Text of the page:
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    And you can also see how this five-column grid goes across almost the entire page:
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    You can see how the navigation at the top has five columns;
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    the Stanford logo is centred on the first two of those columns;
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    and those five columns travel down throughout the major whitespace part of the page.
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    The grid is broken somewhat at the bottom, with the footer.
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    Here is the New York Times homepage where, again, you can see a five-column grid for the content,
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    with a sixth column for navigation on the left-hand side.
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    You can see how those five columns invisibly travel the entire page,
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    and that some of the content in the middle, for example, is two columns wide,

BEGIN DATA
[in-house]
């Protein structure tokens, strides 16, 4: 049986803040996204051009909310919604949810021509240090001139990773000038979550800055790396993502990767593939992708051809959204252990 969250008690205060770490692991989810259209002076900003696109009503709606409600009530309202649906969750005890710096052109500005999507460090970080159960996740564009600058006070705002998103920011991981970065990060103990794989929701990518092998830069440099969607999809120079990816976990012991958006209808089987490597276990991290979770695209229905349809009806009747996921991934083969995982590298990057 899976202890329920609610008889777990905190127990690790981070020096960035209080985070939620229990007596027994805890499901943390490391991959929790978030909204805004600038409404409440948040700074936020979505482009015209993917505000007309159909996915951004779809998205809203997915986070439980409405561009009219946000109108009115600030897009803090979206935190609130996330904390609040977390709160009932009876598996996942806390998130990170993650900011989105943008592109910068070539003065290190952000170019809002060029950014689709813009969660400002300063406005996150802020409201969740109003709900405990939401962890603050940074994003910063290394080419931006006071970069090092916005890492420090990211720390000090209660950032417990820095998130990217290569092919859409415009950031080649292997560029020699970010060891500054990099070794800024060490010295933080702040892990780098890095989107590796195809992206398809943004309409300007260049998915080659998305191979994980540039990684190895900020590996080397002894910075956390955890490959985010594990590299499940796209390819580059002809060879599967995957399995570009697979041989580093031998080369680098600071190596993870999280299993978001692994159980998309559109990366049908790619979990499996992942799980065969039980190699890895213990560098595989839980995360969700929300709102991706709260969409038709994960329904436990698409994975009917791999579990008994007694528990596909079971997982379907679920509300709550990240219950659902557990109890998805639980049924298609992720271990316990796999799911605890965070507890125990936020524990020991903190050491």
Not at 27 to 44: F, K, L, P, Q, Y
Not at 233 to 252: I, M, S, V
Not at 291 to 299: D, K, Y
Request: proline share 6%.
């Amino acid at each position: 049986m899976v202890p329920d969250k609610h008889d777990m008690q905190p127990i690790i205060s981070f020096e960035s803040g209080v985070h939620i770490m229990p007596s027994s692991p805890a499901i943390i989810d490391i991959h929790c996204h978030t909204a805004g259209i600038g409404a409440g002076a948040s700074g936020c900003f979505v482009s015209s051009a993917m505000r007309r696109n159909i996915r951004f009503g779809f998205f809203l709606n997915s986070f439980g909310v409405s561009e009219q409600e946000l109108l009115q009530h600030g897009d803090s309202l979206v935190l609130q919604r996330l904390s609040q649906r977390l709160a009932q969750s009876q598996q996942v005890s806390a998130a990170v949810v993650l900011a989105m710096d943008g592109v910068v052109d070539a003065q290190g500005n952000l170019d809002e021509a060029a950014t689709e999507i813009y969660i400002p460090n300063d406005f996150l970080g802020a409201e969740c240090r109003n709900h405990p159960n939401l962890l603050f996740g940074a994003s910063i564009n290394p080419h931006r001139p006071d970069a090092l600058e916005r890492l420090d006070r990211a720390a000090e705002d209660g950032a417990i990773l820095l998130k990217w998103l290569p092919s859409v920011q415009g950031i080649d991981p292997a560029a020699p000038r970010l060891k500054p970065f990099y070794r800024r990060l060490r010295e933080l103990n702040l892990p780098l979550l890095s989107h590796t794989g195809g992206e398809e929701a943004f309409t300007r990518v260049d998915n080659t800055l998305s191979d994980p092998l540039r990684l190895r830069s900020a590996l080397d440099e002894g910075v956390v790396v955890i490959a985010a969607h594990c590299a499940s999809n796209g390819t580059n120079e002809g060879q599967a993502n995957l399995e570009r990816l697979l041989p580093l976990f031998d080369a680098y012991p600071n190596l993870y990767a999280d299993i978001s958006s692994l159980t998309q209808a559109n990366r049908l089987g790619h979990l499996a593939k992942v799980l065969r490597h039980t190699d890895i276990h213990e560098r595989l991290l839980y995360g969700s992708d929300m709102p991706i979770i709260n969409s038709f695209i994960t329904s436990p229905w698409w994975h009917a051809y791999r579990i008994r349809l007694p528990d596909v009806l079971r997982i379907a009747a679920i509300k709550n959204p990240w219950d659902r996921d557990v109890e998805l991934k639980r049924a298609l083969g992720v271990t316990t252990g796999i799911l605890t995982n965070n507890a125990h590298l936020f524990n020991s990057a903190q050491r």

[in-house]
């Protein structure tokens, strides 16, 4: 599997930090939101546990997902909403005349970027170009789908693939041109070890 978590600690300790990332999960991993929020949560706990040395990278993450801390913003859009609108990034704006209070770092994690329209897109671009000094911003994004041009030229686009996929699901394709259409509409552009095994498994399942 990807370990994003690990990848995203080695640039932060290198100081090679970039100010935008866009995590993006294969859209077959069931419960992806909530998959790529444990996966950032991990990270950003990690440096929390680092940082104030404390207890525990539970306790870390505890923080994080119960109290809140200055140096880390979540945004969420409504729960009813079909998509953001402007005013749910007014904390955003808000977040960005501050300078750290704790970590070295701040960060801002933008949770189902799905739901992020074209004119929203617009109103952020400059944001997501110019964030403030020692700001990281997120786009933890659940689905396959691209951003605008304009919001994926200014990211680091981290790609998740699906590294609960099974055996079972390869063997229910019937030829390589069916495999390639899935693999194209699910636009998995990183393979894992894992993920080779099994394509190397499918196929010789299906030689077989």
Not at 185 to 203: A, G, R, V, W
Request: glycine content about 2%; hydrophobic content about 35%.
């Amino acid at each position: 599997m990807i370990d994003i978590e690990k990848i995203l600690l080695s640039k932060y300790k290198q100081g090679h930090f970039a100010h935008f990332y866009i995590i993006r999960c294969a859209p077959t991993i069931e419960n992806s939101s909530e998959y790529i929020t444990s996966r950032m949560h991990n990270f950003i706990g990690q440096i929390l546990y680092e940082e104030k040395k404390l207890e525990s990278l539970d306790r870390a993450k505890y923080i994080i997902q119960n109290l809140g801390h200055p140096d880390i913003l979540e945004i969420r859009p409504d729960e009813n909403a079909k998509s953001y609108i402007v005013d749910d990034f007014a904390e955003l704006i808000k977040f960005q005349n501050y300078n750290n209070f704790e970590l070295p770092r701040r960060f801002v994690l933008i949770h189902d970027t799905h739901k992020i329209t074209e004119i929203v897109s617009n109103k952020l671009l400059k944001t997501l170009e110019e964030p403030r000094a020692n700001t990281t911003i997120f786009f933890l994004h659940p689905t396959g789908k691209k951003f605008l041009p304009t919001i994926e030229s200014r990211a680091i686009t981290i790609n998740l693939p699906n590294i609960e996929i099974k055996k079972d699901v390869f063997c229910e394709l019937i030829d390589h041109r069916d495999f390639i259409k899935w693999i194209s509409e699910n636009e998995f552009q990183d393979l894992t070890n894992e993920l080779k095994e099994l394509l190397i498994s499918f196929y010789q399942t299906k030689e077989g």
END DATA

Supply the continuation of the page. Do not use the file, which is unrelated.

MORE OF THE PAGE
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    and which parts are two columns wide vary across the page,
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    and so that makes it a little bit more dynamic, so it doesn’t feel too rote and too boring.
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    Newspapers have benefitted from grid systems and really pushed the envelope on it for a long time
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    so [we] saw a couple of the New York Times to give you a sense of the different ways that they use grids.
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    Here’s an example that combines both text and pictures.
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    Here you can see a “focus plus context” view, where the most recent article at the top is biggest,
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    and the lower articles down are smaller.
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    Here’s an example of a grid on the New York Times homepage that’s far below the fold,
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    showing sections and then articles within each section,
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    with a small thumbnail picture for each of the sections.
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    A grid doesn’t have to be non-overlapping:
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    You can have different rows of content on a page adhere to different grids —
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    often they’ll have some relationship to each other.
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    So I made a quick mockup here, where we have six elements in two rows,
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    and the grid is staggered.
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    When you’ve content that comes in multiple pieces —